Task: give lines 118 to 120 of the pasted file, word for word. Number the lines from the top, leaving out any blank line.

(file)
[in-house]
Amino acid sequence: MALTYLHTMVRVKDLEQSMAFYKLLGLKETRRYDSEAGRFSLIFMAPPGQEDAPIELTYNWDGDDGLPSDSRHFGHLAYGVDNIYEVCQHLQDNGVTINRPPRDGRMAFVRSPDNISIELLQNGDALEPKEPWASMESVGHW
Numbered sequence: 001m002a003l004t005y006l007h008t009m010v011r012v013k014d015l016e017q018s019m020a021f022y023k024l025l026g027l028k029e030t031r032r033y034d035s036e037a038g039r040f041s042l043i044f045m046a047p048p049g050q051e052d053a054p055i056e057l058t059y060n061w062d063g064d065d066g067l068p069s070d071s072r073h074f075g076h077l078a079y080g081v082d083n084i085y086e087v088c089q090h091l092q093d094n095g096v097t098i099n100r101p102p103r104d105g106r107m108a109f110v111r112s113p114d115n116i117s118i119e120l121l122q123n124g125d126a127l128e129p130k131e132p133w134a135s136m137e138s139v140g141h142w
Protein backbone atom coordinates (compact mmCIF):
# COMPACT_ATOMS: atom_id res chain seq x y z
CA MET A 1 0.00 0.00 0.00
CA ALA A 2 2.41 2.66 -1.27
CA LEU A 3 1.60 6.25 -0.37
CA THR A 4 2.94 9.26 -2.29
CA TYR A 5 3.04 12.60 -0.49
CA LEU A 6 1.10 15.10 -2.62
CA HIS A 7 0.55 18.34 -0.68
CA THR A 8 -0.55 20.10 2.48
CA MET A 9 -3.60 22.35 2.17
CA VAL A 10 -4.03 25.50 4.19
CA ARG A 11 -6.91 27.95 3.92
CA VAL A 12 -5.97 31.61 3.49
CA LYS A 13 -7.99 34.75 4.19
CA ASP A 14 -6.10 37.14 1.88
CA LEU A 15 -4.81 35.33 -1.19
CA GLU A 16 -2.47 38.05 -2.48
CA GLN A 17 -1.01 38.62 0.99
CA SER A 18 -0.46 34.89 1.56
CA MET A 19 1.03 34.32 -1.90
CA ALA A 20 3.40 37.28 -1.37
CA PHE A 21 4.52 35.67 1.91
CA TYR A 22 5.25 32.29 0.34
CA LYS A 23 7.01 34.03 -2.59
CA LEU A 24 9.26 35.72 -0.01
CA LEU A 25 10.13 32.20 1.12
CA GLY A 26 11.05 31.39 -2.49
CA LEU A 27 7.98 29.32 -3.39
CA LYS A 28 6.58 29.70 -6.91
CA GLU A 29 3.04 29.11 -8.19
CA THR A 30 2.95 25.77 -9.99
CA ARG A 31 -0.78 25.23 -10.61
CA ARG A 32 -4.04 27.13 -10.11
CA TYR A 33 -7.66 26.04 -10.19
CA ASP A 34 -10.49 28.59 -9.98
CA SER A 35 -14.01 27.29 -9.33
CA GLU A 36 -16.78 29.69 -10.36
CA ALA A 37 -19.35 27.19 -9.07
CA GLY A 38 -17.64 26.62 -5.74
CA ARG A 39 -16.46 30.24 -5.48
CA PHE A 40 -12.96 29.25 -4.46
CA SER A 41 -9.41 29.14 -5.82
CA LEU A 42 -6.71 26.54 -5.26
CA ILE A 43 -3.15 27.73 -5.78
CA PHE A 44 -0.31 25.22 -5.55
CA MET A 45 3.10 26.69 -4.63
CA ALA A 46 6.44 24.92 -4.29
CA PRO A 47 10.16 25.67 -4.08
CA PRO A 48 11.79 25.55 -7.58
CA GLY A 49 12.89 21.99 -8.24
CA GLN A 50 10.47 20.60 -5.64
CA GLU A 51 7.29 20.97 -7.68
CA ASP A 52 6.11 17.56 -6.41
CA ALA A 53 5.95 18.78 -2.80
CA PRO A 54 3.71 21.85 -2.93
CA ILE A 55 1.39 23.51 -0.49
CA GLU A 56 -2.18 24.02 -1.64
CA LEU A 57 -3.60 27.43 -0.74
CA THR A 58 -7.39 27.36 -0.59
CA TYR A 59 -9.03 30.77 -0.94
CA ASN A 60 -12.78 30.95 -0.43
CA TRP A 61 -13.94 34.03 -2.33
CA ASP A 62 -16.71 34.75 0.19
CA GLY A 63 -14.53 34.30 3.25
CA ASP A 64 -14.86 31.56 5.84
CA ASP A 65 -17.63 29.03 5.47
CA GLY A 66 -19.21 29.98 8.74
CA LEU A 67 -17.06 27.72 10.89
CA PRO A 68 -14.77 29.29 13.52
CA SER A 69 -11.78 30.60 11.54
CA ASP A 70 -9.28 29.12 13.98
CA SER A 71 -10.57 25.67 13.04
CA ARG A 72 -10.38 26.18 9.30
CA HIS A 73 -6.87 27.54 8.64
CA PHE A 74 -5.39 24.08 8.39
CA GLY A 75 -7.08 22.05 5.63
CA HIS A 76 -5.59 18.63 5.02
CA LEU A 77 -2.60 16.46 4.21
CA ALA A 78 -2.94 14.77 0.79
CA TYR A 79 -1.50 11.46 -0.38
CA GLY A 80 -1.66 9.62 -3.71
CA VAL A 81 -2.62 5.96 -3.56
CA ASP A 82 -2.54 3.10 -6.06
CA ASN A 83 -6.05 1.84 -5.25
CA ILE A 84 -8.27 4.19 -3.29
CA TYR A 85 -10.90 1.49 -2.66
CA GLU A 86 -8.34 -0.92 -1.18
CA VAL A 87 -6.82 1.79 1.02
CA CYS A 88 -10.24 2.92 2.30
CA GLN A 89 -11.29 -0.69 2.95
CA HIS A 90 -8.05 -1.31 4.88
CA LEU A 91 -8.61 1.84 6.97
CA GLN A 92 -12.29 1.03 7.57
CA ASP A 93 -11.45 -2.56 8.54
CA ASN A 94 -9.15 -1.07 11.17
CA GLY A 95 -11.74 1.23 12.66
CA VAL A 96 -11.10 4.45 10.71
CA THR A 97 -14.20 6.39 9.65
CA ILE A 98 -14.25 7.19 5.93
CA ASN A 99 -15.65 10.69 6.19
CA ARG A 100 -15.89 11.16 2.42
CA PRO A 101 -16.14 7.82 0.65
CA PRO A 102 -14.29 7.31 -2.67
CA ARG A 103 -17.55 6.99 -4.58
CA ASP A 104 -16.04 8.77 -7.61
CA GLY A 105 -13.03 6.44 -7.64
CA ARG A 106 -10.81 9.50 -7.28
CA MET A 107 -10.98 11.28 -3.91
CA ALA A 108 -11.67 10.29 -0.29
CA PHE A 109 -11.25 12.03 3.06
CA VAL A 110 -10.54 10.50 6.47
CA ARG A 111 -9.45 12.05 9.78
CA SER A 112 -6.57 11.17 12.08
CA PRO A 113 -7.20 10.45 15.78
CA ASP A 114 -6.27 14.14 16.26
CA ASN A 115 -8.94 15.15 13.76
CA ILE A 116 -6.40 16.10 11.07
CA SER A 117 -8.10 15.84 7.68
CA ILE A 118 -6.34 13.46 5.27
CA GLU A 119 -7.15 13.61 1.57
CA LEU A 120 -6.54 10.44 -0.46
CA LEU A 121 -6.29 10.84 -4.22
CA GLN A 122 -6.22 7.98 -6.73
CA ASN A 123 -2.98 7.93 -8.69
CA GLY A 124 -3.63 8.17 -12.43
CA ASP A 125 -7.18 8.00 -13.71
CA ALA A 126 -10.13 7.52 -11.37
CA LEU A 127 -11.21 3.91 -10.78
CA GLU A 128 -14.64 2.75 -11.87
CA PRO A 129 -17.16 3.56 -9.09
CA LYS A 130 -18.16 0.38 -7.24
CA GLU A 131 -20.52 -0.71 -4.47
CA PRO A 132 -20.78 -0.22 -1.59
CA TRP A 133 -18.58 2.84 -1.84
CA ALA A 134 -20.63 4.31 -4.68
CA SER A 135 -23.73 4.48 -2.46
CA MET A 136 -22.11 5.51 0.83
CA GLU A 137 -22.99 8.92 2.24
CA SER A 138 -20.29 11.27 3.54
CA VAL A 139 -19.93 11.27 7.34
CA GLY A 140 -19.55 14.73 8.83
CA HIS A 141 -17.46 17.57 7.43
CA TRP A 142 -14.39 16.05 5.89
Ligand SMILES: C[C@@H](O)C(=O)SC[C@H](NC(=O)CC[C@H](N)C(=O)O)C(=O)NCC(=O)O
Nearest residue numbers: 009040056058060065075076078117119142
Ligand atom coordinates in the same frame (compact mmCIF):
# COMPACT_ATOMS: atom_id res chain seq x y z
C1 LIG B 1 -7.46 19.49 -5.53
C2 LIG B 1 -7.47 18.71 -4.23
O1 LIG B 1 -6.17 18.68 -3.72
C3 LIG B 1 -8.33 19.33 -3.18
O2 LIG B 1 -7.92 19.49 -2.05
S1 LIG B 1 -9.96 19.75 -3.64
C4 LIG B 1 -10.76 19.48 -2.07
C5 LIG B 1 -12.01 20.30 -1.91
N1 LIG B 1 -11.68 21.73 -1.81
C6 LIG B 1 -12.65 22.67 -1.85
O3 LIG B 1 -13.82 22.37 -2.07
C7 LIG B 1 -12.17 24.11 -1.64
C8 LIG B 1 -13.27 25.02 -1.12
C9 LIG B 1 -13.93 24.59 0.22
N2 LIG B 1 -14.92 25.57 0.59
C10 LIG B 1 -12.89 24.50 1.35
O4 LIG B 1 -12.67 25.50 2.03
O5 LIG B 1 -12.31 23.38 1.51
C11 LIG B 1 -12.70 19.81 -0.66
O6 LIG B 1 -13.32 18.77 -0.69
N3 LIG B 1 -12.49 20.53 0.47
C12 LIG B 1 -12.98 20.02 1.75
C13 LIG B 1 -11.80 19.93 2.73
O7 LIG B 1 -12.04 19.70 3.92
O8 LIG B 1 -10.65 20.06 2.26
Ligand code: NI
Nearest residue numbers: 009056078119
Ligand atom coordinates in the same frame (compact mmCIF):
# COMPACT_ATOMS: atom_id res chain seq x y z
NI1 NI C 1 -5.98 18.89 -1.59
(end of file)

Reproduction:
CA PRO A 113 -7.20 10.45 15.78
CA ASP A 114 -6.27 14.14 16.26
CA ASN A 115 -8.94 15.15 13.76